Ice Cube brings harsh realities of the street to life
By GARVIN H. DAVIS
ON HIS NEW ALBUM, Death Certificate, Ice Cube once again talks about the harsh realities of street life in Los Angeles and every other big city in "AmeriKKKa" -- ghettos, gang violence, police brutality and drug trafficking. In a hardcore rap style not meant for sensitive ears, Ice Cube displays more consciousness than ever before about the problems facing the black community today and what should be done about them.
The 22-track album is separated into two sides, Death and Life. Before the first song, Ice Cube explains why he titled the sides what he did: "Niggaz are in a state of emergency. The Death Side. A mirror image of where we are today. The Life Side. A vision of where we need to go. So sign your death certificate."
After that statement, Ice Cube plays the soundtrack of pallbearers carrying a coffin into a church. Cameras click in the background, and people talk about their dead homie. The sounds of a funeral begin: a preacher crooning, women wailing and an organ playing. The first song on the album starts as the preacher stutters: "This brother didn't get into too much trouble. But it's one thing, just one thing . . . he was the wrong nigga to fuck with!"
"The Wrong Nigga to Fuck With" is a gritty song in which Ice Cube raps about how tough he and the rest of his crew are. He boasts about how well he can rhyme, how much the public likes him and how he is better than other rappers. The song has a decent beat but meaningless lyrics. What makes Death Certificate strong are the other songs and their focus on the common theme of death and life.
In "My Summer Vacation," one of the best songs on the Death Side, Ice Cube tells a realistic (but fictional) story about how and why gangs spread to other cities. Rapping in the first person, he tells how when things got tough in Los Angeles, he and a few of his boyz flew to St. Louis. There they took over the most lucrative drug corner, moving gang violence to Missouri: "Now clearing them out meant casualties / Still had the LA mentality/
Bust a cap and outta there in a hurry/
Wouldn't you know, a drive-by in Missouri."
The end of the song shows a black man being arrested by police. The policeman threatens, "We're going to do you like King." "What goddamned King?" replies the man. "Rodney King, Martin Luther King and all of the goddamned kings from Africa."
In "A Bird In The Hand," Ice Cube makes another political statement. Here he is a high school father who did well in school but has to work to support his child. He tries to get a job at AT&T, but he ends up working at McDonald's instead: "Always thought I'd be clocking G's / But, welcome to McDonald's, can I
take your order, please." When he doesn't make enough money to support his child, what is he supposed to do? The only option he has, besides being poor, is to sell "birds," better known as kilos of drugs. "We don't want to drug push / But a bird in the hand is worth more than a Bush."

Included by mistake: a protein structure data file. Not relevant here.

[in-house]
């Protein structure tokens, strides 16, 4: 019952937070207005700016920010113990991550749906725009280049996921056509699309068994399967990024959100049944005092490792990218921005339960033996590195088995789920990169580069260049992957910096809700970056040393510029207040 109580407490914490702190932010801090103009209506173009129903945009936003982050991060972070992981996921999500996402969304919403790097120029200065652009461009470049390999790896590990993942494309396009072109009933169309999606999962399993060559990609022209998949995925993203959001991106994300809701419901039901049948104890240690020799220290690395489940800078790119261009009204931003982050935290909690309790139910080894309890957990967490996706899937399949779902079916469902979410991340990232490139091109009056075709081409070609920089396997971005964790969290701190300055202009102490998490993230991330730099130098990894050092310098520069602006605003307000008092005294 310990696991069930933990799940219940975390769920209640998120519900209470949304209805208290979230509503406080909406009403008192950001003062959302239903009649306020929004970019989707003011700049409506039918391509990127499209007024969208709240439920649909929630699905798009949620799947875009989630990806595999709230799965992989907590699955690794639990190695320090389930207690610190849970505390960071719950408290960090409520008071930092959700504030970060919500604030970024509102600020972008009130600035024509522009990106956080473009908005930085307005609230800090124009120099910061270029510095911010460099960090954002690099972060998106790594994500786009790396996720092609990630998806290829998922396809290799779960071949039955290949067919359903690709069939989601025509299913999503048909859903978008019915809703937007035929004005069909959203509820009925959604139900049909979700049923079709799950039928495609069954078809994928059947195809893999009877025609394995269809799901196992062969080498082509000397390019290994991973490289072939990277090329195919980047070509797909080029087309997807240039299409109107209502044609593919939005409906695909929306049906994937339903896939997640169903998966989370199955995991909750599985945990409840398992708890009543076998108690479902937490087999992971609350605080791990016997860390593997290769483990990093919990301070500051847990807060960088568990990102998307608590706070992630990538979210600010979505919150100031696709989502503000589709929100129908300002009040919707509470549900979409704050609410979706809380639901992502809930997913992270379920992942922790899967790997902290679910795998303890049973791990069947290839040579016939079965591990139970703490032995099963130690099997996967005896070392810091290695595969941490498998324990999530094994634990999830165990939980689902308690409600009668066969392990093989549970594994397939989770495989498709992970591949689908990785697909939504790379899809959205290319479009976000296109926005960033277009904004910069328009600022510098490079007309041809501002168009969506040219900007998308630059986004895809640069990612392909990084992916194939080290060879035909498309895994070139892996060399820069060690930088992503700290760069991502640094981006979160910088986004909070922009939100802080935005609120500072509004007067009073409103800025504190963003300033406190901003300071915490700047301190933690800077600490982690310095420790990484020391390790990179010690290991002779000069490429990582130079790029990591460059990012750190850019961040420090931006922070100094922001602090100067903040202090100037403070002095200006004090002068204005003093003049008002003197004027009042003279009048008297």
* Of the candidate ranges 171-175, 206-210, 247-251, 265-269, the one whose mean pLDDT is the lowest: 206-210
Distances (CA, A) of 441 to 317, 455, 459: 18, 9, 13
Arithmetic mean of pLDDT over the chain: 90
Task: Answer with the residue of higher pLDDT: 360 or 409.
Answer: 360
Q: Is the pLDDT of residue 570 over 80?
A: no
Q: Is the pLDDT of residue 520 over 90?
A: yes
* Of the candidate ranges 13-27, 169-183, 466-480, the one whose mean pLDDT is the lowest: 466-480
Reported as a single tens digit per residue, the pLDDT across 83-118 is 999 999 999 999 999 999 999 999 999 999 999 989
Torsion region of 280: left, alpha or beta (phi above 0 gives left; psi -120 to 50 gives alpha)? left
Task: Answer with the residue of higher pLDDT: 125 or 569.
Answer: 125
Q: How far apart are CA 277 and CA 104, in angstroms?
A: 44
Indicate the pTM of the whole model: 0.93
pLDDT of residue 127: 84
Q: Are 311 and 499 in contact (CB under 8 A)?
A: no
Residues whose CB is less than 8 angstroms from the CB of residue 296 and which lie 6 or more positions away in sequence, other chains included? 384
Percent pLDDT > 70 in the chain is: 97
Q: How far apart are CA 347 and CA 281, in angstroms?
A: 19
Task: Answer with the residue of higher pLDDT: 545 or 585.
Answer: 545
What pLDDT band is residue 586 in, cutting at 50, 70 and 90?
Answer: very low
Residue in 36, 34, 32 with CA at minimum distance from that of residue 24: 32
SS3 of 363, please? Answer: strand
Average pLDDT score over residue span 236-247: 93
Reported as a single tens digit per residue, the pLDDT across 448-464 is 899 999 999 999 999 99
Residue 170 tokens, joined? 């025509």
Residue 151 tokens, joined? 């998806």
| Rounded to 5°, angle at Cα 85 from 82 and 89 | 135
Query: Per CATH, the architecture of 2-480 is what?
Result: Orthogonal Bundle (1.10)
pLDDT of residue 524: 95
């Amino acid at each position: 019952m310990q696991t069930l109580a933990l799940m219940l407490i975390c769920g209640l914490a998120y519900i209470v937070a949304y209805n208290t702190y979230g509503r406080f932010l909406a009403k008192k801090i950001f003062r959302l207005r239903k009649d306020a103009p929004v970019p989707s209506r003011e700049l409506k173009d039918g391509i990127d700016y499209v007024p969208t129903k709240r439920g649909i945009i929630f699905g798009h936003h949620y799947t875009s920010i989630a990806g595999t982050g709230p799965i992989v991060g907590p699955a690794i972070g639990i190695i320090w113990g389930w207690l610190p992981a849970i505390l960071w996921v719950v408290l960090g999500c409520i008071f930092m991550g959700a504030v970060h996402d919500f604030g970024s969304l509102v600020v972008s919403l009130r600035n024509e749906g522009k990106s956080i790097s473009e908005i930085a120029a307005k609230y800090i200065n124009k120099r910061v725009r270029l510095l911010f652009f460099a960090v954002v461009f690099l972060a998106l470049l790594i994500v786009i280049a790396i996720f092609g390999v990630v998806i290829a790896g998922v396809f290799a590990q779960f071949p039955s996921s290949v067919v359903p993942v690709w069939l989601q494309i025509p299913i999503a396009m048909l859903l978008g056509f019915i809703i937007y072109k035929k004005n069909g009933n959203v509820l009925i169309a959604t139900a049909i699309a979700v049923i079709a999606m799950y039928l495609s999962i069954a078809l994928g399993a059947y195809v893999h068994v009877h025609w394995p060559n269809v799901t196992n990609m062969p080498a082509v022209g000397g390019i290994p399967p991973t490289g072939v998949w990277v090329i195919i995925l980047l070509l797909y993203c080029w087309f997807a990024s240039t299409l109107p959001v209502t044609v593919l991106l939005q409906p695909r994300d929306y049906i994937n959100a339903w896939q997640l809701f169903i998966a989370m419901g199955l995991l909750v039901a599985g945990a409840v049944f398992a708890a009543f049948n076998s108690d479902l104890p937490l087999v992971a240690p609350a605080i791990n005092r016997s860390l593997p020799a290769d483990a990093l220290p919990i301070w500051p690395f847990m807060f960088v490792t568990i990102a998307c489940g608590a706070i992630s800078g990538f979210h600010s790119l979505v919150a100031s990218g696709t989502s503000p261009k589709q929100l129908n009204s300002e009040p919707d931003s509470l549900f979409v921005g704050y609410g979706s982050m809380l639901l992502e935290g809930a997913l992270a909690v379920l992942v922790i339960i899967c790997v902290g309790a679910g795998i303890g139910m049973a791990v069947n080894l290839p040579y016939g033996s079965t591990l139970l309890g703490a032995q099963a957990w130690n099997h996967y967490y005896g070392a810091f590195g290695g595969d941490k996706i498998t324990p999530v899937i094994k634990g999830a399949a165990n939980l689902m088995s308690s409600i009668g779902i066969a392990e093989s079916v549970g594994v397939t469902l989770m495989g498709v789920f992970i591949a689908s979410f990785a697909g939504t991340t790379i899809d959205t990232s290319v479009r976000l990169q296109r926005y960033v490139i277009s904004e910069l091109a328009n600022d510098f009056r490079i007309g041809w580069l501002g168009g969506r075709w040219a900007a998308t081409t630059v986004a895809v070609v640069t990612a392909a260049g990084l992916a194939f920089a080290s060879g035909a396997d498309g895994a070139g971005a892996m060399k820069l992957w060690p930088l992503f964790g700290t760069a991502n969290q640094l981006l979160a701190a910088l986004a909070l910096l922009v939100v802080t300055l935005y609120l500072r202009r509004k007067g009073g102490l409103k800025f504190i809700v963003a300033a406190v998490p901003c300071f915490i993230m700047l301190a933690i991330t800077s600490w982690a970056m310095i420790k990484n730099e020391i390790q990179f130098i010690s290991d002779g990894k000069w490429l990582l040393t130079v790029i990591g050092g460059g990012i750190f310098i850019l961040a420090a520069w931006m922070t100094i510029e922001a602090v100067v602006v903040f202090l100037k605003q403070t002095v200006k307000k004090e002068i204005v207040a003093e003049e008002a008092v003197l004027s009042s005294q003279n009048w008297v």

The Death Side ends with the words of Khallid Muhammad, a minute-long soliloquy concluding: "You've heard the Death Side. Now open your black eyes to the rebirth, the resurrection and the pride."
The Life Side begins with the sounds of a mother giving birth. Muhammad explains that Africa is the cradle of civilization and the birth place of art, science and medicine, adding that there is no birth, only a continuation of life.
Following Muhammad's statement is the most striking lyrical composition on the entire album, "I Wanna Kill Sam." The song begins with a voice saying that the army is the best way out for a black teenager, providing a house, an education and food.
With a dope beat and suave music in the background, Ice Cube raps that he's setting up the ultimate drive-by and wants to kill Sam. After one verse of death threats, Ice Cube begins to explain why. The lyrics that follow are so smooth and flow so well that they need repeated listening to understand all of the symbolism.
The story that he tells is simultaneously a part of the present and the past. A white man knocks on Ice Cube's door saying that he heard someone just turned 18 in the house. After letting the man in "under false pretenses," Ice Cube says: "I knew it was a caper / I said please don't kill my mother, so he raped her. Tied me up, and took me outside / I was thrown in a big truck / And it was packed like sardines/ Full of Niggaz who fell for the same scheme."
With these lines, Ice Cube refers to the history of slavery. He vocalizes a similarity that he sees between slavery and the army. For Ice Cube, the situation has not changed much in 200 years. He finishes, "I wanna kill Sam cuz he's not my mutha fuckin' Uncle."
The last four songs speak directly to blacks. Ice Cube criticizes successful blacks for not helping the rest of the community in "True To The Game." "Color Blind" says that young teenagers should ignore the gang affiliations and see the brother behind the colors. "US" is a song about how Black people should stop blaming the government and take initiative to uplift the community.
Death Certificate is definitely not for everyone. People who do not like profanity will find it vulgar and distasteful. Ice Cube is quite explicit in his language and his descriptions. He pulls no punches when he speaks his mind, but he does work to promote a sense of self-awareness for blacks.
You won't hear many of Ice Cube's songs on the radio, not only because of the language he uses, but also because of the issues he addresses. He is a controversial rapper, but like he says in "True To The Game," he is not "Giving [black] music away to the mainstream."